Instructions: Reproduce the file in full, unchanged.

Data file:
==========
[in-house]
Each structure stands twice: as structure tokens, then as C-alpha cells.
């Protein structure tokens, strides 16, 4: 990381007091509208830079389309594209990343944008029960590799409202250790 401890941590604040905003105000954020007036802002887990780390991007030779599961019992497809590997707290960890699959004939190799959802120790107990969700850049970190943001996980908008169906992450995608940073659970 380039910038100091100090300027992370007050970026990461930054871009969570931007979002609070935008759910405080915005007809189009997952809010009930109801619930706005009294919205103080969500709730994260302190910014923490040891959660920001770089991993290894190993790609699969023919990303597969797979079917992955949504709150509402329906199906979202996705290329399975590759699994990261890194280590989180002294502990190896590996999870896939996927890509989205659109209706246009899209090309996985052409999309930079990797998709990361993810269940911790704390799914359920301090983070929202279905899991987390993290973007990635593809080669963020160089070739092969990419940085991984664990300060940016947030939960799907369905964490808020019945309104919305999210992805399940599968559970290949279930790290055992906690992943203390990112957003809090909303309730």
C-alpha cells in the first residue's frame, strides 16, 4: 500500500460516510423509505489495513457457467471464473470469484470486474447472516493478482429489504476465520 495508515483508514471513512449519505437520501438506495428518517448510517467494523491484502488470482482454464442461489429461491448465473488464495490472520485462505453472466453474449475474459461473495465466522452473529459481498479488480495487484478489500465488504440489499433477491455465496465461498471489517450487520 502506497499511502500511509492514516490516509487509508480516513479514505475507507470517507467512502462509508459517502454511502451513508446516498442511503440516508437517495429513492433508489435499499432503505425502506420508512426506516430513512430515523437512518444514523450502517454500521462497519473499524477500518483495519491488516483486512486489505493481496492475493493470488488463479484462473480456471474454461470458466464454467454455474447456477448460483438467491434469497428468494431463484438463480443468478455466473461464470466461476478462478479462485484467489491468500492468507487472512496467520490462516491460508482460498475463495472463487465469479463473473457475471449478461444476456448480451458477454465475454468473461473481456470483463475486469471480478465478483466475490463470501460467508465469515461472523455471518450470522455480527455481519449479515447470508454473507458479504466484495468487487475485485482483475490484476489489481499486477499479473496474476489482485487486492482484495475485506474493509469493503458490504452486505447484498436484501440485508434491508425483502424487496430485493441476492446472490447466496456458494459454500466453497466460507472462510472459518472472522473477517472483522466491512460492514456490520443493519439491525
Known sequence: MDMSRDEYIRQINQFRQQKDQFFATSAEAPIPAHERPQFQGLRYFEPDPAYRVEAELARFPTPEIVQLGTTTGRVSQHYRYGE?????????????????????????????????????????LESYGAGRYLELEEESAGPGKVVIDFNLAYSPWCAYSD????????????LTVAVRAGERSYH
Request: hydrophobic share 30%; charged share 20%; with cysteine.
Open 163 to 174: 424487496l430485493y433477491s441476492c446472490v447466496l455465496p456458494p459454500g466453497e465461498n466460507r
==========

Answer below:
[in-house]
Each structure stands twice: as structure tokens, then as C-alpha cells.
């Protein structure tokens, strides 16, 4: 990381007091509208830079389309594209990343944008029960590799409202250790 401890941590604040905003105000954020007036802002887990780390991007030779599961019992497809590997707290960890699959004939190799959802120790107990969700850049970190943001996980908008169906992450995608940073659970 380039910038100091100090300027992370007050970026990461930054871009969570931007979002609070935008759910405080915005007809189009997952809010009930109801619930706005009294919205103080969500709730994260302190910014923490040891959660920001770089991993290894190993790609699969023919990303597969797979079917992955949504709150509402329906199906979202996705290329399975590759699994990261890194280590989180002294502990190896590996999870896939996927890509989205659109209706246009899209090309996985052409999309930079990797998709990361993810269940911790704390799914359920301090983070929202279905899991987390993290973007990635593809080669963020160089070739092969990419940085991984664990300060940016947030939960799907369905964490808020019945309104919305999210992805399940599968559970290949279930790290055992906690992943203390990112957003809090909303309730």
C-alpha cells in the first residue's frame, strides 16, 4: 500500500460516510423509505489495513457457467471464473470469484470486474447472516493478482429489504476465520 495508515483508514471513512449519505437520501438506495428518517448510517467494523491484502488470482482454464442461489429461491448465473488464495490472520485462505453472466453474449475474459461473495465466522452473529459481498479488480495487484478489500465488504440489499433477491455465496465461498471489517450487520 502506497499511502500511509492514516490516509487509508480516513479514505475507507470517507467512502462509508459517502454511502451513508446516498442511503440516508437517495429513492433508489435499499432503505425502506420508512426506516430513512430515523437512518444514523450502517454500521462497519473499524477500518483495519491488516483486512486489505493481496492475493493470488488463479484462473480456471474454461470458466464454467454455474447456477448460483438467491434469497428468494431463484438463480443468478455466473461464470466461476478462478479462485484467489491468500492468507487472512496467520490462516491460508482460498475463495472463487465469479463473473457475471449478461444476456448480451458477454465475454468473461473481456470483463475486469471480478465478483466475490463470501460467508465469515461472523455471518450470522455480527455481519449479515447470508454473507458479504466484495468487487475485485482483475490484476489489481499486477499479473496474476489482485487486492482484495475485506474493509469493503458490504452486505447484498436484501440485508434491508425483502424487496430485493441476492446472490447466496456458494459454500466453497466460507472462510472459518472472522473477517472483522466491512460492514456490520443493519439491525
Known sequence: MDMSRDEYIRQINQFRQQKDQFFATSAEAPIPAHERPQFQGLRYFEPDPAYRVEAELARFPTPEIVQLGTTTGRVSQHYRYGE?????????????????????????????????????????LESYGAGRYLELEEESAGPGKVVIDFNLAYSPWCAYSD????????????LTVAVRAGERSYH
Request: hydrophobic share 30%; charged share 20%; with cysteine.
Open 163 to 174: 424487496l430485493y433477491s441476492c446472490v447466496l455465496p456458494p459454500g466453497e465461498n466460507r